Behavioral and Brain Sciences

Target Article

The neuropsychology of schizophrenia

J. A. Graya1, J. Feldona2, J. N. P. Rawlinsa3, D. R. Hemsleya1 and A. D. Smitha4

a1 Department of Psychology, Institute of Psychiatry, De Crespigny Park, Denmark Hill, London SE5 8AF, England. Electronic mail: jgray@ux.psych.lon.ac.uk.

a2 Department of Psychology, Tel Aviv University, Ramat Aviv, Tel Aviv, Israel.

a3 Department of Psychology, University of Oxford, South Parks Road, Oxford OX1 3UD, England.

a4 Department of Pharmacology, University of Oxford, South Parks Road, Oxford OX1 3QT, England.

Abstract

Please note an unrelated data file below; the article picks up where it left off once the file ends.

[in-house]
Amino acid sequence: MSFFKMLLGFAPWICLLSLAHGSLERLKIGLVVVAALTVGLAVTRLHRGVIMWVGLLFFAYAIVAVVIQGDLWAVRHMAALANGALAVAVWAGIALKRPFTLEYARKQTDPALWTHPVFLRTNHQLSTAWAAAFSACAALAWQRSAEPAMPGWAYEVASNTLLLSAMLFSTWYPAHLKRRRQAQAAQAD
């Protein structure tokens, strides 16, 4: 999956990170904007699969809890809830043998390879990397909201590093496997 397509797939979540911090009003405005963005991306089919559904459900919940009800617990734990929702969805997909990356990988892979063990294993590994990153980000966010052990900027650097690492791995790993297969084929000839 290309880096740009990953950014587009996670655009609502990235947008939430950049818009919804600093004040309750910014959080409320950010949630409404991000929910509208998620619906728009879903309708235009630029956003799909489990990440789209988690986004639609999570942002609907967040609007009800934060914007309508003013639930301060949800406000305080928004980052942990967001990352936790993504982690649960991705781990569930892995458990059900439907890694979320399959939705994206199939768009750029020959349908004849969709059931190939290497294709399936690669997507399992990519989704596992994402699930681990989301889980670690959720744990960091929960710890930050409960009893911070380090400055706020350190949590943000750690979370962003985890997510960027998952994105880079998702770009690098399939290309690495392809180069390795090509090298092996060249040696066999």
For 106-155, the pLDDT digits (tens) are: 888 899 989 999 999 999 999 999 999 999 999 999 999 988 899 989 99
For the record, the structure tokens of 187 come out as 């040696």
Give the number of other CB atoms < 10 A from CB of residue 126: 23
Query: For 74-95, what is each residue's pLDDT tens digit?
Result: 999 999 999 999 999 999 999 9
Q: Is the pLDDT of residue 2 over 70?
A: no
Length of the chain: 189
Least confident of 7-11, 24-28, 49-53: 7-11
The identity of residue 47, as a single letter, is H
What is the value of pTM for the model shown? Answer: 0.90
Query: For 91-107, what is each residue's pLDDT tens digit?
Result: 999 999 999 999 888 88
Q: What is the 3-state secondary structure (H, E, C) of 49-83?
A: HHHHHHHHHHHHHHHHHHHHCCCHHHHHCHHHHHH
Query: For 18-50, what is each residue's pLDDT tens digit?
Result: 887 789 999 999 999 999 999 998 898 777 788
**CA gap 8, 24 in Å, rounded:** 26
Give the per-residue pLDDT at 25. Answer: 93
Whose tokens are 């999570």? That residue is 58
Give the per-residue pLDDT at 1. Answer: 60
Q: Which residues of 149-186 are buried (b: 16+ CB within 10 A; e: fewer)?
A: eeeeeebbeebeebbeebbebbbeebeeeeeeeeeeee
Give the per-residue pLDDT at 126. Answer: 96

A model is proposed for integrating the neural and cognitive aspects of the positive symptoms of acute schizophrenia, using evidence from postmortem neuropathology and neurochemistry, clinical and preclinical studies of dopaminergic neurotransmission, anatomical connections between the limbic system and basal ganglia, attentional and other cognitive abnormalities underlying the positive symptoms of schizophrenia, specific animal models of some of these abnormalities, and previous attempts to model the cognitive functions of the septohippocampal system and the motor functions of the basal ganglia. Anatomically, the model emphasises the projections from the septohippocampal system, via the subiculum, and the amygdala to nucleus accumbens, and their interaction with the ascending dopaminergic projection to the accumbens. Psychologically, the model emphasises a failure in acute schizophrenia to integrate stored memories of past regularities of perceptual input with ongoing motor programs in the control of current perception. A number of recent experiments that offer support for the model are briefly described, including anatomical studies of limbic-striatal connections, studies in the rat of the effects of damage to these connections, and of the effects of amphetamine and neuroleptics, on the partial reinforcement extinction effect, latent inhibition and the Kamin blocking effect; and studies of the latter two phenomena in acute and chronic schizophrenics.